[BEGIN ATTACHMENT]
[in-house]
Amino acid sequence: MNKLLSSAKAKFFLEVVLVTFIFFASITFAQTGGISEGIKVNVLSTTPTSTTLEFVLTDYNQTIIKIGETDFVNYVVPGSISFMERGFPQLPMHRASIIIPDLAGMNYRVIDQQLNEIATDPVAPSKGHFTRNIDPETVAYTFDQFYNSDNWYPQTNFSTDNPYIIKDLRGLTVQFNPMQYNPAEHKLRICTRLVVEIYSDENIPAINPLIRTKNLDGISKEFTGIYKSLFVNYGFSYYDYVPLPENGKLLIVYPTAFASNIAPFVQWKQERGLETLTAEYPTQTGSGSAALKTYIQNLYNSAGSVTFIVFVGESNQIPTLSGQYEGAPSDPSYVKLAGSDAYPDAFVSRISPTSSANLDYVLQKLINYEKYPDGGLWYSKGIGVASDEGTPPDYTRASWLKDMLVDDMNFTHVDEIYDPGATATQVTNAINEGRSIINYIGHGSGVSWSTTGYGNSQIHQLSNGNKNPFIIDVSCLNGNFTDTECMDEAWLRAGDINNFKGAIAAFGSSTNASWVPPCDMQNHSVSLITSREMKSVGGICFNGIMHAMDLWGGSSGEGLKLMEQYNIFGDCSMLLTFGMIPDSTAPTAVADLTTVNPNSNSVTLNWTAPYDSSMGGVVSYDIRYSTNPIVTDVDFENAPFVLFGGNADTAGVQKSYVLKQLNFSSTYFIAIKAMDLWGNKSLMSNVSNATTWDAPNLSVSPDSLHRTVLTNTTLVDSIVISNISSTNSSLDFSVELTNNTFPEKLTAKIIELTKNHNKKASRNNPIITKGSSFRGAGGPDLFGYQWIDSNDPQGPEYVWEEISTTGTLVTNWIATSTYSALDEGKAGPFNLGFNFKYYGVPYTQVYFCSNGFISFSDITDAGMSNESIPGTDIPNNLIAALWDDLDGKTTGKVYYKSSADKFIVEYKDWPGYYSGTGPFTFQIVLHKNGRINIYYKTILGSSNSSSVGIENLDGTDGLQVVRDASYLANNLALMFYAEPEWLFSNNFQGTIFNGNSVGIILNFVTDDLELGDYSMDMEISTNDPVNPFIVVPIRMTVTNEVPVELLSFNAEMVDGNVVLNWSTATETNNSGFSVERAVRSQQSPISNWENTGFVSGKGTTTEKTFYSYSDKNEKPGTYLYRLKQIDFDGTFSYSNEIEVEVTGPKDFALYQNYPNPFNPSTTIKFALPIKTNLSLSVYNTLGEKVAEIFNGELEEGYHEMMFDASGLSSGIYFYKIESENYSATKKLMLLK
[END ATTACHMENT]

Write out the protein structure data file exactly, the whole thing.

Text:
[in-house]
Amino acid sequence: MNKLLSSAKAKFFLEVVLVTFIFFASITFAQTGGISEGIKVNVLSTTPTSTTLEFVLTDYNQTIIKIGETDFVNYVVPGSISFMERGFPQLPMHRASIIIPDLAGMNYRVIDQQLNEIATDPVAPSKGHFTRNIDPETVAYTFDQFYNSDNWYPQTNFSTDNPYIIKDLRGLTVQFNPMQYNPAEHKLRICTRLVVEIYSDENIPAINPLIRTKNLDGISKEFTGIYKSLFVNYGFSYYDYVPLPENGKLLIVYPTAFASNIAPFVQWKQERGLETLTAEYPTQTGSGSAALKTYIQNLYNSAGSVTFIVFVGESNQIPTLSGQYEGAPSDPSYVKLAGSDAYPDAFVSRISPTSSANLDYVLQKLINYEKYPDGGLWYSKGIGVASDEGTPPDYTRASWLKDMLVDDMNFTHVDEIYDPGATATQVTNAINEGRSIINYIGHGSGVSWSTTGYGNSQIHQLSNGNKNPFIIDVSCLNGNFTDTECMDEAWLRAGDINNFKGAIAAFGSSTNASWVPPCDMQNHSVSLITSREMKSVGGICFNGIMHAMDLWGGSSGEGLKLMEQYNIFGDCSMLLTFGMIPDSTAPTAVADLTTVNPNSNSVTLNWTAPYDSSMGGVVSYDIRYSTNPIVTDVDFENAPFVLFGGNADTAGVQKSYVLKQLNFSSTYFIAIKAMDLWGNKSLMSNVSNATTWDAPNLSVSPDSLHRTVLTNTTLVDSIVISNISSTNSSLDFSVELTNNTFPEKLTAKIIELTKNHNKKASRNNPIITKGSSFRGAGGPDLFGYQWIDSNDPQGPEYVWEEISTTGTLVTNWIATSTYSALDEGKAGPFNLGFNFKYYGVPYTQVYFCSNGFISFSDITDAGMSNESIPGTDIPNNLIAALWDDLDGKTTGKVYYKSSADKFIVEYKDWPGYYSGTGPFTFQIVLHKNGRINIYYKTILGSSNSSSVGIENLDGTDGLQVVRDASYLANNLALMFYAEPEWLFSNNFQGTIFNGNSVGIILNFVTDDLELGDYSMDMEISTNDPVNPFIVVPIRMTVTNEVPVELLSFNAEMVDGNVVLNWSTATETNNSGFSVERAVRSQQSPISNWENTGFVSGKGTTTEKTFYSYSDKNEKPGTYLYRLKQIDFDGTFSYSNEIEVEVTGPKDFALYQNYPNPFNPSTTIKFALPIKTNLSLSVYNTLGEKVAEIFNGELEEGYHEMMFDASGLSSGIYFYKIESENYSATKKLMLLK